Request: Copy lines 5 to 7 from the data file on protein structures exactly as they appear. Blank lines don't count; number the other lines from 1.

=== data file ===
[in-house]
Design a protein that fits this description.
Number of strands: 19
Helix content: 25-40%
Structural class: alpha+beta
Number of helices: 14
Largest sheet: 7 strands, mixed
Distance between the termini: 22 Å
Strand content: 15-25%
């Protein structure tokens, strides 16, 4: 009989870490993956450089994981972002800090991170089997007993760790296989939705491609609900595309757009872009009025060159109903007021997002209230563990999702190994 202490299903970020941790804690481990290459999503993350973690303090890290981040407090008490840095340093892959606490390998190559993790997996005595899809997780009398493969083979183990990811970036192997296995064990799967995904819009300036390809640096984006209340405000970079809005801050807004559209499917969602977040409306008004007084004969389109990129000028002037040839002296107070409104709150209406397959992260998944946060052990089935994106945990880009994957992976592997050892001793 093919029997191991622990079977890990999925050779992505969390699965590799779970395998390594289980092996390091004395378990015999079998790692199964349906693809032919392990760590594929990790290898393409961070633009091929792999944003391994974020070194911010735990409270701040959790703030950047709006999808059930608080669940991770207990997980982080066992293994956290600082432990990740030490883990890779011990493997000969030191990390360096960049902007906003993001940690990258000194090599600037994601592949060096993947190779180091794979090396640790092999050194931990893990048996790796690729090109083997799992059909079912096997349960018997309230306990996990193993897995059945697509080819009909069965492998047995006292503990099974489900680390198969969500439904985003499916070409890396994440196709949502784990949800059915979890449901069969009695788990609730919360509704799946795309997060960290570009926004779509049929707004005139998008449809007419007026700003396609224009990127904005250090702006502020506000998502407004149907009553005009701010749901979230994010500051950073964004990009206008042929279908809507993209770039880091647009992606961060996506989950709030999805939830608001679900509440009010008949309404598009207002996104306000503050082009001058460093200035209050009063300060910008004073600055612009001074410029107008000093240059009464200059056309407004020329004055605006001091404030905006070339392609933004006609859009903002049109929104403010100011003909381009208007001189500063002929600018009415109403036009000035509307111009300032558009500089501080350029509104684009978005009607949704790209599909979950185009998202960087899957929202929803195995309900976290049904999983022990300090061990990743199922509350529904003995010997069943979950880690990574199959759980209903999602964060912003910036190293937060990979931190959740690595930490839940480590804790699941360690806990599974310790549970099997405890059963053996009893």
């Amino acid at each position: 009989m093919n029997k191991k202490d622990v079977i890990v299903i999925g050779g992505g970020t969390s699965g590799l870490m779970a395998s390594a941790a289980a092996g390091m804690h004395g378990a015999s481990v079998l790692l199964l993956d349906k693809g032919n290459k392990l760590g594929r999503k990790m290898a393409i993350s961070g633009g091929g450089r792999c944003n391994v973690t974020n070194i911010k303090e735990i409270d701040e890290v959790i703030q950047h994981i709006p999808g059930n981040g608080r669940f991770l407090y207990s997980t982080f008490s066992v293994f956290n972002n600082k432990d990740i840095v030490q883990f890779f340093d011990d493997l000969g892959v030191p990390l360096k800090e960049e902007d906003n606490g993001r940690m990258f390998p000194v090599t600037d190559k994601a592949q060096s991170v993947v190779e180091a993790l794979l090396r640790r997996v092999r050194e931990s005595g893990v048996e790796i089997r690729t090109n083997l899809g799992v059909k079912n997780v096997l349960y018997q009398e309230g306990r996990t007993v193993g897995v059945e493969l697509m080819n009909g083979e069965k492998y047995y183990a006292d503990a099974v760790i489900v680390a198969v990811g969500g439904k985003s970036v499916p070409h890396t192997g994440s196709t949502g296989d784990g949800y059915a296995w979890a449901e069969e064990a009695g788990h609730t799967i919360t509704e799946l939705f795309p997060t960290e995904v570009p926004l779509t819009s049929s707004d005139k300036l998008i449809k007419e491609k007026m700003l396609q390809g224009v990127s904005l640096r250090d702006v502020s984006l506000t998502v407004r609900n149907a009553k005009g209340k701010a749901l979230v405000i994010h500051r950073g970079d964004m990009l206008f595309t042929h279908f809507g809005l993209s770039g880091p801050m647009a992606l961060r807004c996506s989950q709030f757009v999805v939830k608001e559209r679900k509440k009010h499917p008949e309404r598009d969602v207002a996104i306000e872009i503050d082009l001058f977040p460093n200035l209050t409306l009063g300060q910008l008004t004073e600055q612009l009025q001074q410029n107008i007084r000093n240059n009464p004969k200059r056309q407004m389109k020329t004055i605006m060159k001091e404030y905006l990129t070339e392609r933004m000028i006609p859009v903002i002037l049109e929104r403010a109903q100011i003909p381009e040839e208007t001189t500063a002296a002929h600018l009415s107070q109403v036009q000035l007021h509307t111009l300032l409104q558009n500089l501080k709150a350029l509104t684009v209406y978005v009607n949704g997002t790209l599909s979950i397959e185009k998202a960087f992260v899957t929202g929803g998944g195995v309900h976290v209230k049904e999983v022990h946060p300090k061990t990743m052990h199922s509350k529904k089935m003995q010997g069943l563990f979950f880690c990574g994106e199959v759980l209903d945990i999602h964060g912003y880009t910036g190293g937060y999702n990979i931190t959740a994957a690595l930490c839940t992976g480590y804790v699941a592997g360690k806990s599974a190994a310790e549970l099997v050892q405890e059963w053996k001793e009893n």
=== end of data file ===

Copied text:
Structural class: alpha+beta
Number of helices: 14
Largest sheet: 7 strands, mixed